New Delhi: The Supreme Court Tuesday condemned mob lynching incidents across the country and asked Parliament to enact a law to deal with the crime that threatens rule of law and the country’s social fabric. “Horrendous acts of mobocracy” cannot be permitted to become “a new normal,” it said.
Issuing a slew of guidelines including preventive, remedial and punitive steps to deal with offences such as mob violence and cow vigilantism, the court said mobocracy will not be allowed. “It is our constitutional duty to take a call to protect lives and human rights.”
The bench asked the Centre and states to file a compliance report on its directions. It adjourned the matter to August 20. “No one is entitled to take law into his own hands,” said a bench of Chief Justice Dipak Misra, Justice A.M. Khanwilkqar and Justice D.Y. Chandrachud.
The court’s remarks came on petitions seeking the court’s intervention to curb violence by vigilante groups across the country. The bench said when the “vigilantes involve themselves in lynching or any kind of brutality, they put the requisite accountability of a citizen to law on the ventilator.”
“That cannot be countenanced. They are no one to punish a person by ascribing any justification… the prescription of punishment does not empower any one to authorise himself to behave as the protector of law and impose punishment as per his choice and fancy,” it said. “The external forces cannot assume the role of protectors and once they pave the said path, they associate themselves with criminality and bring themselves in the category of criminals,” it added.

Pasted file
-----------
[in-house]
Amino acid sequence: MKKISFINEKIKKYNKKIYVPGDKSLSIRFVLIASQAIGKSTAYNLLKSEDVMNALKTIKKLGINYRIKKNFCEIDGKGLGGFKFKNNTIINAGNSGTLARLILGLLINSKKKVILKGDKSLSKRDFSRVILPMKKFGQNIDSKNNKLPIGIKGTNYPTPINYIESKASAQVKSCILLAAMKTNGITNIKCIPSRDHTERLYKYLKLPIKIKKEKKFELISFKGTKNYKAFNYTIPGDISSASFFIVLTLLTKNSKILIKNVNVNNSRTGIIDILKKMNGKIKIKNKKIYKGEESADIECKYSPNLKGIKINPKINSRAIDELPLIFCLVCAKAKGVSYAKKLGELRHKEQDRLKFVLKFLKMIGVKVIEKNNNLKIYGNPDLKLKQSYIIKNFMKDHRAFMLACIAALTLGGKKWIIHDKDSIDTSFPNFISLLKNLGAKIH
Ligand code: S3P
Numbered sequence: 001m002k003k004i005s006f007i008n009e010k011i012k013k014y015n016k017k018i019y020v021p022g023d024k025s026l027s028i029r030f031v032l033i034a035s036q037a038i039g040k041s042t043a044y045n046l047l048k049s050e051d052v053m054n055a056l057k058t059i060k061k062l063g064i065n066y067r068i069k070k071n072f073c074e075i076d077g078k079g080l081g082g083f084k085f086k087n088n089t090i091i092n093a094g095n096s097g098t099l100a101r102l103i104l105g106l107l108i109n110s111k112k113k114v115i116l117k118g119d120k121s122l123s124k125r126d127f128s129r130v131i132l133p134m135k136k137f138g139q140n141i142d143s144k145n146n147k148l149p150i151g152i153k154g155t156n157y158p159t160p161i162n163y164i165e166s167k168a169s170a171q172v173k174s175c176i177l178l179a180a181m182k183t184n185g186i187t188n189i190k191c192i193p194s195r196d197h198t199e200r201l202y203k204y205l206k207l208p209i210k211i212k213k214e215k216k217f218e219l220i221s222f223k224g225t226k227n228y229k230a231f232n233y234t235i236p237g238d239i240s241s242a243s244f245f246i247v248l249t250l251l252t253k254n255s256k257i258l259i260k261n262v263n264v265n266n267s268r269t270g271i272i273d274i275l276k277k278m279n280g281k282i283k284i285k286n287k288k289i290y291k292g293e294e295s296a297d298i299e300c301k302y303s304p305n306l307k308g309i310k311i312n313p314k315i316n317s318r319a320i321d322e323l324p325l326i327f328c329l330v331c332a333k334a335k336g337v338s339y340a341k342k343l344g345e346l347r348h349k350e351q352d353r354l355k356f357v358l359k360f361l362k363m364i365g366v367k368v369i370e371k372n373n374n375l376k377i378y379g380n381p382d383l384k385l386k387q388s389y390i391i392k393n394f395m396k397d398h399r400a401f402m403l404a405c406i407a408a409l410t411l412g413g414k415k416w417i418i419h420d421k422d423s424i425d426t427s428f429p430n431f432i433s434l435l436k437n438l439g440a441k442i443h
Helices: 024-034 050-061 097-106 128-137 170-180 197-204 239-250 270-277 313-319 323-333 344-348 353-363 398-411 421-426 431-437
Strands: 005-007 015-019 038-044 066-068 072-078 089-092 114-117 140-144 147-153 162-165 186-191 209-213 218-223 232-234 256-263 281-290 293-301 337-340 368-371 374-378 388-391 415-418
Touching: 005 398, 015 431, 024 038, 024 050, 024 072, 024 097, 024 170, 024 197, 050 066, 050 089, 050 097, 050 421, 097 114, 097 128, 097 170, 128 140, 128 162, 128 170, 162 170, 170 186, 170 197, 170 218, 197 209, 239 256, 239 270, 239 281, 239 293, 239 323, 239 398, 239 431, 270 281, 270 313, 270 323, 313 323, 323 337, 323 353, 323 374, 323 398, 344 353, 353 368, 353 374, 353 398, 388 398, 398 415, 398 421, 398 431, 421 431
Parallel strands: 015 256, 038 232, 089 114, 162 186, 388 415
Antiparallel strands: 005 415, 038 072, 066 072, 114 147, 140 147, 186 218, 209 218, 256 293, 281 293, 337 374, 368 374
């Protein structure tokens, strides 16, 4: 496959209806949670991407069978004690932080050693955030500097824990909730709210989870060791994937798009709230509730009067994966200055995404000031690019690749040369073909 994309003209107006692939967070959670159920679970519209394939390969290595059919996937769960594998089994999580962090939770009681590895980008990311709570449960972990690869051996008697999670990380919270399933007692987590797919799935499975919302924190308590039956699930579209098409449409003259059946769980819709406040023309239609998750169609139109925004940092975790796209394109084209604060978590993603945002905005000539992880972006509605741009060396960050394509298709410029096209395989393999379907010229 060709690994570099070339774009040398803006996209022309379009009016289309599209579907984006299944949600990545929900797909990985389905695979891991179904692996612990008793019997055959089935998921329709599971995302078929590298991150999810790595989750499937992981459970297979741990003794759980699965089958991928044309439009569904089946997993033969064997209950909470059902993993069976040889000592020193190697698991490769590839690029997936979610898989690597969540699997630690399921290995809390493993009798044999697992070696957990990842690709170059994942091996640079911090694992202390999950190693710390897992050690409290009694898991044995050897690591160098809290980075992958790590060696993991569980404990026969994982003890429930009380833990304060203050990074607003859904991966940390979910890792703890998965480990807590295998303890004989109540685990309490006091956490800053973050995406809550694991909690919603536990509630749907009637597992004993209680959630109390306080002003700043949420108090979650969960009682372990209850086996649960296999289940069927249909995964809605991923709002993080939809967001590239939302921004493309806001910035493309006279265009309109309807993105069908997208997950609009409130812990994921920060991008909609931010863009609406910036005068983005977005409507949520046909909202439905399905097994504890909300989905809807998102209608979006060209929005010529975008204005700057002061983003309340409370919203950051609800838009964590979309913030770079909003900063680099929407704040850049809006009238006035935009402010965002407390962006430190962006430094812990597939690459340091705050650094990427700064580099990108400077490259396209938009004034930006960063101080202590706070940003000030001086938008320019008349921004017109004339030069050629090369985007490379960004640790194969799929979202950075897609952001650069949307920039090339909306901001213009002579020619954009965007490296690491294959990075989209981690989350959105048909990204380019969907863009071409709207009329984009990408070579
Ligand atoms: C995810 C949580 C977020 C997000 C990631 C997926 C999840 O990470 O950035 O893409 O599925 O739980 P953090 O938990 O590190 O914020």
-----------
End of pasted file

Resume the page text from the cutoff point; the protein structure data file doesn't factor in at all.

It is the duty of the state to ensure that the machinery of law and order functions efficiently and effectively, the court said. It is essential to preserve secular ethos and the pluralistic social fabric in a democratic set-up governed by rule of law, it noted.
“The horrendous acts of mobocracy cannot be permitted to inundate law of the land. Earnest action and concrete steps have to be taken to protect the citizens from the recurrent pattern of violence which cannot be allowed to become the new normal,” the court said. “The State cannot turn a deaf ear to the growing rumblings of its people,” said the bench in its order.
“The exigencies of the situation require us to sound a clarion call for earnest action to strengthen our inclusive and all-embracing social order which would, in turn, reaffirm the constitutional faith. We expect nothing more and nothing less,” said the bench.
Recommending that Parliament categorise a separate offence for lynching and provide adequate punishment for it, the court said: “A special law would instill a sense of fear. There can be no trace of doubt that fear of law and veneration for the command of law constitutes the foundation of a civilized society,” the bench said.
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